Tuesday, April 20, 2021

All The Light We Cannot See by Anthony Doerr


There are few things to compare with that feeling when you find something of great value that you believed was lost. In this novel, it was a rare and wonderful diamond, and for me, it was a purple woolen sock. You see, when I was doing the laundry yesterday, there appeared a sock I had not seen in months, one whose partner has lived in my single sock box since the beginning of the Covid Era. The near tragedy of the story (similarly poignant to the tragedy in the novel) was that last week my son Lawrence - I shit you not - tried to make me throw the whole box out! This from someone who is lucky when he puts on matching shoes, let alone socks. His girlfriend (god bless her) recently told me that he got lost on the way to deliver a lecture, which might be understandable except that he was teaching by Zoom from his own living room! 

When I was a kid, our Uncle Morrie would always bring us socks as gifts. Boy, did we hate that fucker! He'd come in with his too long and overly bristly mustache, kiss us hard enough to leave chafe marks for a week, and give us "presents" for which we were forced to express our gratitude. Science has proven, of course, that there is an inverse relationship between age and appreciation of socks, so in part, he just didn't understand his audience. But now that I have reached the top end of that scale, does anyone give me socks? No, they do not. And just so you don't think he was some kind of saintly altruist, Uncle Morrie worked in a sock factory, so he probably stole them all anyway.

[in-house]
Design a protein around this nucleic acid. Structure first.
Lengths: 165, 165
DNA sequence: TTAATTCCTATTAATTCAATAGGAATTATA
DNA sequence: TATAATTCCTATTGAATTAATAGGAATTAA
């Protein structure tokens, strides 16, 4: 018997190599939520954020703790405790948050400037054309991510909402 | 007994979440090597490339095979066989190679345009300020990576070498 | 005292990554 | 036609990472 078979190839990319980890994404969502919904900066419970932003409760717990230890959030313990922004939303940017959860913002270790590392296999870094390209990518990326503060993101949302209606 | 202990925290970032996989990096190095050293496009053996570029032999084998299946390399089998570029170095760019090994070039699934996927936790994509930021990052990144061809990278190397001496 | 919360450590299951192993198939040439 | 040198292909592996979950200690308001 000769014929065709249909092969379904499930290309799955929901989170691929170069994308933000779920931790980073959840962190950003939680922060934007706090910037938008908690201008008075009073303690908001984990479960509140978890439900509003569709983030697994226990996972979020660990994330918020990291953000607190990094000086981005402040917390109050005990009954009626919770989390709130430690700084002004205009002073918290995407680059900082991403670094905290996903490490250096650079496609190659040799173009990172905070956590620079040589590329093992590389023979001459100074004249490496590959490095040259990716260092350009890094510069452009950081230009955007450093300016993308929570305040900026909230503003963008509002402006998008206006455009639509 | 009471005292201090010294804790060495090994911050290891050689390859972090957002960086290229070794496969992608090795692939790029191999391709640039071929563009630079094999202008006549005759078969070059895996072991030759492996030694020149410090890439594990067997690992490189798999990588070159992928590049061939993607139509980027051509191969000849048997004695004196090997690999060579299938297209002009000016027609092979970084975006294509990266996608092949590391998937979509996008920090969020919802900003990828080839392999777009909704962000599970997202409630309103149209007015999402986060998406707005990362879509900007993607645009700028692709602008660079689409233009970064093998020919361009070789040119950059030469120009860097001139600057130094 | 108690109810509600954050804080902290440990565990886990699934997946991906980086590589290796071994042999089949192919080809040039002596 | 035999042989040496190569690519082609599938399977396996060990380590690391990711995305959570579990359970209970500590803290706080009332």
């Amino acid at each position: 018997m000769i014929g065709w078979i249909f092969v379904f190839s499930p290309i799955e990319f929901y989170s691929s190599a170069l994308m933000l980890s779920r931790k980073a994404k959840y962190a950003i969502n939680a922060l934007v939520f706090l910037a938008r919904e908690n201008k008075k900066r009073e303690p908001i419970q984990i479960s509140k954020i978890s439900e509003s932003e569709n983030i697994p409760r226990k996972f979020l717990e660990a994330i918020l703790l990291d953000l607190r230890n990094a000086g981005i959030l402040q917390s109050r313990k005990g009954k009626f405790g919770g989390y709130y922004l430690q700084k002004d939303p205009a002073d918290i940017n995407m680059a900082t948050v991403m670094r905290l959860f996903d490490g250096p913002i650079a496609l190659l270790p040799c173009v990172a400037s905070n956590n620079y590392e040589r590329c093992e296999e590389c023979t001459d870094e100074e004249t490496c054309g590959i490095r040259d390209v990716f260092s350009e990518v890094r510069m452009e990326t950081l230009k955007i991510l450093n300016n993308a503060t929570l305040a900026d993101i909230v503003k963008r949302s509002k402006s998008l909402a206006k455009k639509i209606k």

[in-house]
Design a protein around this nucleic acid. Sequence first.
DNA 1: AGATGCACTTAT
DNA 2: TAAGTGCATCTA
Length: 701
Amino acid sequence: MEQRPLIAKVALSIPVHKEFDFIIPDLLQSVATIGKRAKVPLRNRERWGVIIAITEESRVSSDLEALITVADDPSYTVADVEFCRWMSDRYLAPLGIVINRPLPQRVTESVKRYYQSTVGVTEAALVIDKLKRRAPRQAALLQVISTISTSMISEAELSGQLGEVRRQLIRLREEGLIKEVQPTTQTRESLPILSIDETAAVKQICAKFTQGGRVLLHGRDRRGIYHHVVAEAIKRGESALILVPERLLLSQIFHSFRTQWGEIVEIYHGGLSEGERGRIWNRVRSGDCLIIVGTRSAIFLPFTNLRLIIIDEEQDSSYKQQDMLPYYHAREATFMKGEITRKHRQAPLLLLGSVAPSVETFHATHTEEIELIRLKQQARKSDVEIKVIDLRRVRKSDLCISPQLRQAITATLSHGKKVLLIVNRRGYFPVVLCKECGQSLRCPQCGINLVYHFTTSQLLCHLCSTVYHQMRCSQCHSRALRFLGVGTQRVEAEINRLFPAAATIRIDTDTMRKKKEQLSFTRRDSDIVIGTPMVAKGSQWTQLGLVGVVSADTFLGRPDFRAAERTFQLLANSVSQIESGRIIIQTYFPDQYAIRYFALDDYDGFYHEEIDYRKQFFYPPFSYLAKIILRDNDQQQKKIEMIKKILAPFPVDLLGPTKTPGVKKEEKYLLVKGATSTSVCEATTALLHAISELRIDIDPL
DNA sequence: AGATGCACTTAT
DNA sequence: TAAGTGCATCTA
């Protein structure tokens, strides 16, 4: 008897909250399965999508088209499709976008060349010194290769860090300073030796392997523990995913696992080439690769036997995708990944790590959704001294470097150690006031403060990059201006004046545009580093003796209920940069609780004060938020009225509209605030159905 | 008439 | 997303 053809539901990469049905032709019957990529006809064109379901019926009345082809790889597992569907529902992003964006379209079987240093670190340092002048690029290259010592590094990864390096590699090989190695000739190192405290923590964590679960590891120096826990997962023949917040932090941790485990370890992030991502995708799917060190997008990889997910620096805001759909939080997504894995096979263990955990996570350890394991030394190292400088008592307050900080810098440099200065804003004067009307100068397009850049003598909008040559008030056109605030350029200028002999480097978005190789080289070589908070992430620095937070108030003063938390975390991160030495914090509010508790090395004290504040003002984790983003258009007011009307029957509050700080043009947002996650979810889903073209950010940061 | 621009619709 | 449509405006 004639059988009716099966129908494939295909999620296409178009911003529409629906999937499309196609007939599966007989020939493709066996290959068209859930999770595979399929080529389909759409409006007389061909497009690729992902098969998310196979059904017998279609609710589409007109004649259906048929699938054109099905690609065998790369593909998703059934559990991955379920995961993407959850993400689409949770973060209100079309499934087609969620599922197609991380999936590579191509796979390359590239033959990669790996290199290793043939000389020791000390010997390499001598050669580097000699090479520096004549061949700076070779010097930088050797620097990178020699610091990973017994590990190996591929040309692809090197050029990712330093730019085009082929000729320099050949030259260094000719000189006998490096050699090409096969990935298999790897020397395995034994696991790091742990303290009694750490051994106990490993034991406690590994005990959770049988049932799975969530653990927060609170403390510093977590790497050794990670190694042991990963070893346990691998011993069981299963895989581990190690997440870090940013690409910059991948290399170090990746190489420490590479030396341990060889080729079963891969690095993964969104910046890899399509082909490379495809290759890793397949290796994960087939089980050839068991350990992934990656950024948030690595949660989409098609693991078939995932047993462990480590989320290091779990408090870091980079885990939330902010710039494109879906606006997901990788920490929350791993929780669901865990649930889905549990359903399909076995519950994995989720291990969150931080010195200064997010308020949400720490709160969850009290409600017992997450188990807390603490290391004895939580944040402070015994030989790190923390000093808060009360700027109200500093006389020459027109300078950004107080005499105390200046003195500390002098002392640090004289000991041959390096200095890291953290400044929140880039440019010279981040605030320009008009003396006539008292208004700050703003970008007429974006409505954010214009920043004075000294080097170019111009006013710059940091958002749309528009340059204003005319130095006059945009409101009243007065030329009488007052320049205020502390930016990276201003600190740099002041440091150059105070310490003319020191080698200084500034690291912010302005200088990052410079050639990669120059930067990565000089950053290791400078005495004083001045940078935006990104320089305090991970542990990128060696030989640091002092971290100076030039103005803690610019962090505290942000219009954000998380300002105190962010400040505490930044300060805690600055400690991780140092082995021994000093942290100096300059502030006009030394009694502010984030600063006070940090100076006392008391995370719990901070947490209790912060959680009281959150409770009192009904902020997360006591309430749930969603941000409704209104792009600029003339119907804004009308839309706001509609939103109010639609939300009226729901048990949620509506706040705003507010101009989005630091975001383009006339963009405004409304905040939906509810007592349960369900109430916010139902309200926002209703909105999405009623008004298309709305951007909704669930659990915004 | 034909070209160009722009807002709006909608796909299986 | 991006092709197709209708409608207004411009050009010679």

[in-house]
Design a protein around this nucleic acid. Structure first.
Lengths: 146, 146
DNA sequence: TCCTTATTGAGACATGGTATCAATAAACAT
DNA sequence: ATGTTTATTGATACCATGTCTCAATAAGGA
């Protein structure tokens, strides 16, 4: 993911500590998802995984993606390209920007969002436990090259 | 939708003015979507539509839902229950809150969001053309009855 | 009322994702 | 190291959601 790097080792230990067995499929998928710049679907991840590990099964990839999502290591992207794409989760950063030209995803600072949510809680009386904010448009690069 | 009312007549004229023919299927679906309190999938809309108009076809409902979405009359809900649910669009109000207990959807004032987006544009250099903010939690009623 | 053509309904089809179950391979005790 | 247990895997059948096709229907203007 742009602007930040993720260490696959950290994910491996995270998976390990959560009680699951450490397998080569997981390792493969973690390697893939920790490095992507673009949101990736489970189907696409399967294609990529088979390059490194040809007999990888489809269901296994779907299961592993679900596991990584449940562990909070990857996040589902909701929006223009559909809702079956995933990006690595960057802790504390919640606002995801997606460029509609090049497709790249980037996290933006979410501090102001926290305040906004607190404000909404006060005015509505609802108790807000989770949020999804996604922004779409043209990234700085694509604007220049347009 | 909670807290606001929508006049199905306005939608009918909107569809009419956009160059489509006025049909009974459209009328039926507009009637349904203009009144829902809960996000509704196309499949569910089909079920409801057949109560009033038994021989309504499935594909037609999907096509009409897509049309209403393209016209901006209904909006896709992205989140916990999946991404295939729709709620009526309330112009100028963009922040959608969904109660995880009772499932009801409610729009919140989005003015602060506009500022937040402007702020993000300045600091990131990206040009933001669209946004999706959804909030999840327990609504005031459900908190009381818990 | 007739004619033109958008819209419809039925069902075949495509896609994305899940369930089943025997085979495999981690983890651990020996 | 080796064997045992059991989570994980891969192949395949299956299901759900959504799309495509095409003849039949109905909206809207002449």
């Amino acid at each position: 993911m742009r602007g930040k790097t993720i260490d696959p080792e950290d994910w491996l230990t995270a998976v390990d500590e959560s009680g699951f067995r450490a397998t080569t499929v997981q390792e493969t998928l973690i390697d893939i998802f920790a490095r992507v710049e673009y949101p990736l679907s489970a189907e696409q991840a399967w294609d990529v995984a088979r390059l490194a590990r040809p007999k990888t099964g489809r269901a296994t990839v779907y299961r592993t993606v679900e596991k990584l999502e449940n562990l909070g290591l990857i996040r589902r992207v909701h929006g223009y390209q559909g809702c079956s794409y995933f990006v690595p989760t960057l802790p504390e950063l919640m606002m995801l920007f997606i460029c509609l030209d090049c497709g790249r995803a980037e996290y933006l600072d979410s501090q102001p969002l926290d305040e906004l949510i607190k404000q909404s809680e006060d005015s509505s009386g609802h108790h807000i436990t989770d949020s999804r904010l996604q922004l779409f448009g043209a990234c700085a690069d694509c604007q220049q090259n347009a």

The real question, of course, is where the hell this sock has been for the last year. For it to show up my laundry suggests that it was either in the washer or dryer all this time (implausible), somewhere in my folding area where I didn't see it (unlikely), or stuck to some other article of clothing that I wore without realizing it (embarrassing). I don't buy fabric softener, of course, because I am not an idiot, so there is a real possibility that due to static cling, I wore that sock on the back of a shirt some time recently. At least I don't go anywhere or see anyone, so no one would have noticed.

Margaret has a more sinister explanation, which is that someone is fucking with me. This is the most obvious explanation, and usually the simplest solution is the right one. I have 37 other socks in my box waiting for their partners right now, and it is beyond logic to think that many socks could disappear by accident. My grandson suggested that they could have been stolen by rodents living in my walls, the sheer stupidity of which makes him my prime suspect. I could try to fenagle an invitation to dinner so I could snoop around his room, but that would mean having to share a meal with those people. So I'm a bit stuck for now, but at least my feet are warm!

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